West to East, South to well, the Middle – didn’t quite make it up North to Alaska, that’ll have to be Part II.

Total Route
Check out the Route page for the interactive map

The biggest part of my desire to get to Panama was to finish of the South America portion of the Ushuaia to Alaska trip, and in style! Chilling in the San Blas for a couple of days isn’t a bad way to go.

The other reason is that I had a buyer in Panama. So, with both a regretful look and a sigh of relief I parted ways with my bike today. It’s been my mode of transport for the last 20,000km or so, as well as almost being my home. It’s cost me money, saved me money, and at all times been a pleasure to ride. I hope May, the next owner, has as much fun as I did with it. I’m sure she will!

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Never gets less weird seeing a bike soar through the sky

After unloading the bikes from the Stahlratte the 6 of us who were riders headed from the small port of Carti to Panama City. Ludwig had greased the axles with the immigrations officials and we were classified as crew, and so avoided paying a ludicrous entry fee of just over $100 USD – which doesn’t need to be paid unless you arrive by boat. Bizarre.

We did however have to get our bikes temporarily imported into Panama, so the customs office was our first stop. Which took 4 hours. Good lord the workers there are useless. At least the ride there was absolutely magic, with jungle roads dipping, turning, rising and then suddenly dropping about a foot to become dirt road for 50m before continuing the pavement. Absolutely great fun, and I had a blast riding my last on the BMW.

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Once we cleared customs we started making our way to our hostel, close to the centre of Panama City. It was now Friday afternoon though, and traffic was heavy. Ruben, a slightly insane Kiwi riding a tiny 300cc motorbike in shorts and thongs, decided to ram my left luggage rack at one point, knocking it clean off my bike. Barely stopping to recover, he picked it up and balanced it between his arms while we continued to lane split between cars. Insane.

What first struck me upon arriving in Panama City was how western it was. Loads of big (western) name chains, sky scrapers everywhere, casinos, and of course using the U.S. dollar. Add to this the crazy antics of Latin American drivers and you’ve got a very odd mix. Also very expensive compared to the South American countries I’d be in recently, although I had my first taste of Greek Yogurt, fresh (non UHT) milk, and olive-sourdough bread in 8 months! That might not sound like much but damn I’ve missed them.

Look, to be honest not much happened in Panama. I saw a sloth’s back and in 40 minutes it didn’t change position. I also played some BlackJack in Trump Tower (Trump as in Donald Trump), made some money (surprisingly), and was invited to the 63rd level to play further. At which point we discovered there was a open air pool and decided to enjoy the view instead. A complimentary bottle of champagne doesn’t hurt either.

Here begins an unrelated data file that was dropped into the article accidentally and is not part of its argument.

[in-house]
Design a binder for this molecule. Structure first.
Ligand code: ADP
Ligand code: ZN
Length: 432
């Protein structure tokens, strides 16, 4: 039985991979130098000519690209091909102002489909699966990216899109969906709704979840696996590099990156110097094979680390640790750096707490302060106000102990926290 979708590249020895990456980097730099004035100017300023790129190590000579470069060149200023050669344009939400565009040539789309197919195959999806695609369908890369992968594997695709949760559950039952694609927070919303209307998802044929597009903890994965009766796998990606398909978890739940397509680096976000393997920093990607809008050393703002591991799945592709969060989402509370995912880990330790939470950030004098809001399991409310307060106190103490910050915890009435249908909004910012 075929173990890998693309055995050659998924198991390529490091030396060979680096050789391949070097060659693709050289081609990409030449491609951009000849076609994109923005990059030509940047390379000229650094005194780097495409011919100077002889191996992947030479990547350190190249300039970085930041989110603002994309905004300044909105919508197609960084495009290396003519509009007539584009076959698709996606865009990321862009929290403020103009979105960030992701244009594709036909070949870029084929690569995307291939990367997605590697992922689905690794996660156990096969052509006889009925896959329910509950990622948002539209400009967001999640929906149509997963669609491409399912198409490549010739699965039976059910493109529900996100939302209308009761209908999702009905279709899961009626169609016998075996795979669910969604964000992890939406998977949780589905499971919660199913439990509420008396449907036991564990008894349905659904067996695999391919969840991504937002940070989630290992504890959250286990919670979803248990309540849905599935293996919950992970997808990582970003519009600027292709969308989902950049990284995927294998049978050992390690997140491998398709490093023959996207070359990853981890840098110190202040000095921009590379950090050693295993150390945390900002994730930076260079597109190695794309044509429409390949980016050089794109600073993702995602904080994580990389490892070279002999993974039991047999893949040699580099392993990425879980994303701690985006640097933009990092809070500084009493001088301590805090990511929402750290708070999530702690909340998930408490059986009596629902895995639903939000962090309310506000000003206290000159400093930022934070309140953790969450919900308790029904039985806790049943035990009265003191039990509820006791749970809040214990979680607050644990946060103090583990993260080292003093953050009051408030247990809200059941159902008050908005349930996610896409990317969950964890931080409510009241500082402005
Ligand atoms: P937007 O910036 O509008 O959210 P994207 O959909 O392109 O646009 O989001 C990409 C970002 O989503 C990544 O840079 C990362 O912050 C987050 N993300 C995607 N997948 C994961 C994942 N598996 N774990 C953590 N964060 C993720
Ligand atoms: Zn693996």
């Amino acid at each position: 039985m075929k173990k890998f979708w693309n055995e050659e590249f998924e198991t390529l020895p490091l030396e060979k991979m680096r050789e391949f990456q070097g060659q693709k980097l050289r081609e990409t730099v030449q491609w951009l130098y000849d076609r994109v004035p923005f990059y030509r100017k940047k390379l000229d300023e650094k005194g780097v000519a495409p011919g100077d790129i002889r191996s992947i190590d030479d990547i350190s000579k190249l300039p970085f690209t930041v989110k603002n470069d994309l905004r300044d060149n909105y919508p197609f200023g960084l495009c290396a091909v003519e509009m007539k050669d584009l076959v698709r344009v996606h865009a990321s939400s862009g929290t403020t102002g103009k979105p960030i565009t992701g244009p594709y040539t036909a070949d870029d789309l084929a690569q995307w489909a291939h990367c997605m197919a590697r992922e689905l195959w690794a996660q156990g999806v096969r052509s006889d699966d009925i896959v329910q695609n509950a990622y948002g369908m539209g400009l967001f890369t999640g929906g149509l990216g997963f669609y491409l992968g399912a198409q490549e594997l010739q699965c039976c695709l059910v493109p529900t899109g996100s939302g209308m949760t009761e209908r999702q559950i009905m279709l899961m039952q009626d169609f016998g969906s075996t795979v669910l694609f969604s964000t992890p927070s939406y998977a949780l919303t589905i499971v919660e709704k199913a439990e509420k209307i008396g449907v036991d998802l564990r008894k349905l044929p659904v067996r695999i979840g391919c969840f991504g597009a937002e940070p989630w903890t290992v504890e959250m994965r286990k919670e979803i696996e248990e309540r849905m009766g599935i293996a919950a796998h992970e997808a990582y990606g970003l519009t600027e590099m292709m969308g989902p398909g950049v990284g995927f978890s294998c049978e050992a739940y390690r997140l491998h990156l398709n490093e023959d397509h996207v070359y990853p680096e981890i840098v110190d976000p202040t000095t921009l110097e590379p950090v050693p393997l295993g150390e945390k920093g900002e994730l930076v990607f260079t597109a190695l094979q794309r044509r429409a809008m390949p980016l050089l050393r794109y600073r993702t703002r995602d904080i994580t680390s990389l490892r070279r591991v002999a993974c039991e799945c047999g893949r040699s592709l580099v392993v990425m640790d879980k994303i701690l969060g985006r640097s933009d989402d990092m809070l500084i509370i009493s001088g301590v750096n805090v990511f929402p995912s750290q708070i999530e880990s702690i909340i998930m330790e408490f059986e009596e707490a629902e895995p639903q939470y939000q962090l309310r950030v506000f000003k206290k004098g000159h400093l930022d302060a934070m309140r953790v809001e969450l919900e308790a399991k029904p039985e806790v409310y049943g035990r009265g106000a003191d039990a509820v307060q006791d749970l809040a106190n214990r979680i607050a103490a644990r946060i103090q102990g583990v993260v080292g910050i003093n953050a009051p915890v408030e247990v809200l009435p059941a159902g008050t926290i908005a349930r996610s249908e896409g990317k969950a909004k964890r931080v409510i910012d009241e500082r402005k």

Soon after we were promptly kicked out. Apparently jumping in the pool at 2 am is a bit of a no-no…


Relajate y disfruta

After Colombia I’d initially planned to head East through Venezuela before crossing into Guyana, Suriname and French Guiana, then looping round the North Eastern corner down through Brazil again.

Unfortunately the Venezuelan government closed the border with Colombia after a shootout with smugglers resulted in the death of Venezuelan security forces. They also kicked out over 1000 Colombians living in Venezuela, whereafter 6000 more fled. All this helped reinforce the numerous instances and various ways that I’d been told – often by Venezuelans – to avoid the country as it was far too dangerous.

So, what else is there to do but jump on a boat for a relaxing 4 day cruise through the San Blas islands?


After loading my bike in Cartagena along with 5 others, we headed out to our home for the next 4 days – the Stahlratte. Built in 1903, it served a fishing trawler for almost 80 years first with sail, then motor, before finally being transformed into a 2 mast schooner in 1984.

A fairly makeshift barge taking our bikes to the Stahlratte



Once the bikes and our luggage were loaded and secured we hoisted the dingy and made sail. Well, kind of. A metal bracket holding part of the pulley used to hoist the dingy snapped, sending it swinging wildly before splashing into the water, half sinking before we managed to right it. Great fun!iPhone_IMG_6164-small

In any case we soon left the port, hoisted sails and were on our way through the Caribbean! Along the way we saw dolphins, flying fish, and surprisingly pilot whales – apparently uncommon to see in this part of the world. After just over 30 hours of sailing we arrived at our destination for 3 days, a cluster of 4 islands only hundreds of meters apart.

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We spent the next few days swimming, snorkelling, jumping off the boat and all other sorts of fun. The locals had set up a crude shelter on one of the islands and we joined them one night for a bonfire and BBQ, with freshly caught lobster on offer.

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Manta ray!

I took the opportunity one day to head to one of the more inhabited islands, a larger one where a community had settled. Quite an interesting community in fact, seeing how the natural resources of the San Blas are few and quite limited. It had rained the night before, I was greeted by countless buckets and vessels beneath roofs to catch as much fresh water as possible.

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After spending some time wandering around the island I came across an interesting sight; the largest canoe I’d seen to date, heavily loaded with sand. Chatting with the locals quickly revealed that the sea levels rose about 6-7cm per year, and as such they regularly (twice a month I think I understood, although that seems to be quite frequent – maybe twice a year?) had to get sand from other islands to raise theirs.

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The next hour was spent carrying buckets of sand around the island exchanging pleasant banter with locals. Really a quite unique experience.